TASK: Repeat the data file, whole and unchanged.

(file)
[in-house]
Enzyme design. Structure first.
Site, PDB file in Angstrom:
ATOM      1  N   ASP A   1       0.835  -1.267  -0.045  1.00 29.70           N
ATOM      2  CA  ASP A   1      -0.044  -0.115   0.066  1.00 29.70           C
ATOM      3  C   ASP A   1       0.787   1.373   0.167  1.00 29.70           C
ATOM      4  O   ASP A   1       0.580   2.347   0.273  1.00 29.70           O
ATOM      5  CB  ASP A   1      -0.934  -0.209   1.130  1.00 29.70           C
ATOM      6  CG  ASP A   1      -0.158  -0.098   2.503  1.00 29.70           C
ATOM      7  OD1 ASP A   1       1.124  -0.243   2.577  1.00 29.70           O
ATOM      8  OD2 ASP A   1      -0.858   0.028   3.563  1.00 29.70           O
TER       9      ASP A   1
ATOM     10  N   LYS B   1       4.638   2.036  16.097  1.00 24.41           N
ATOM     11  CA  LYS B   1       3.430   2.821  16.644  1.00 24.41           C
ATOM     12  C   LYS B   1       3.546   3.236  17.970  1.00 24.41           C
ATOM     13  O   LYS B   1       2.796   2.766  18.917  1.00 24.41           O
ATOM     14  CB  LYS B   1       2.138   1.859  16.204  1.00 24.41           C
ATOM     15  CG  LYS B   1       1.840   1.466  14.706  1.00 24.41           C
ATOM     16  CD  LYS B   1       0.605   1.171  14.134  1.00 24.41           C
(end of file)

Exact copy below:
[in-house]
Enzyme design. Structure first.
Site, PDB file in Angstrom:
ATOM      1  N   ASP A   1       0.835  -1.267  -0.045  1.00 29.70           N
ATOM      2  CA  ASP A   1      -0.044  -0.115   0.066  1.00 29.70           C
ATOM      3  C   ASP A   1       0.787   1.373   0.167  1.00 29.70           C
ATOM      4  O   ASP A   1       0.580   2.347   0.273  1.00 29.70           O
ATOM      5  CB  ASP A   1      -0.934  -0.209   1.130  1.00 29.70           C
ATOM      6  CG  ASP A   1      -0.158  -0.098   2.503  1.00 29.70           C
ATOM      7  OD1 ASP A   1       1.124  -0.243   2.577  1.00 29.70           O
ATOM      8  OD2 ASP A   1      -0.858   0.028   3.563  1.00 29.70           O
TER       9      ASP A   1
ATOM     10  N   LYS B   1       4.638   2.036  16.097  1.00 24.41           N
ATOM     11  CA  LYS B   1       3.430   2.821  16.644  1.00 24.41           C
ATOM     12  C   LYS B   1       3.546   3.236  17.970  1.00 24.41           C
ATOM     13  O   LYS B   1       2.796   2.766  18.917  1.00 24.41           O
ATOM     14  CB  LYS B   1       2.138   1.859  16.204  1.00 24.41           C
ATOM     15  CG  LYS B   1       1.840   1.466  14.706  1.00 24.41           C
ATOM     16  CD  LYS B   1       0.605   1.171  14.134  1.00 24.41           C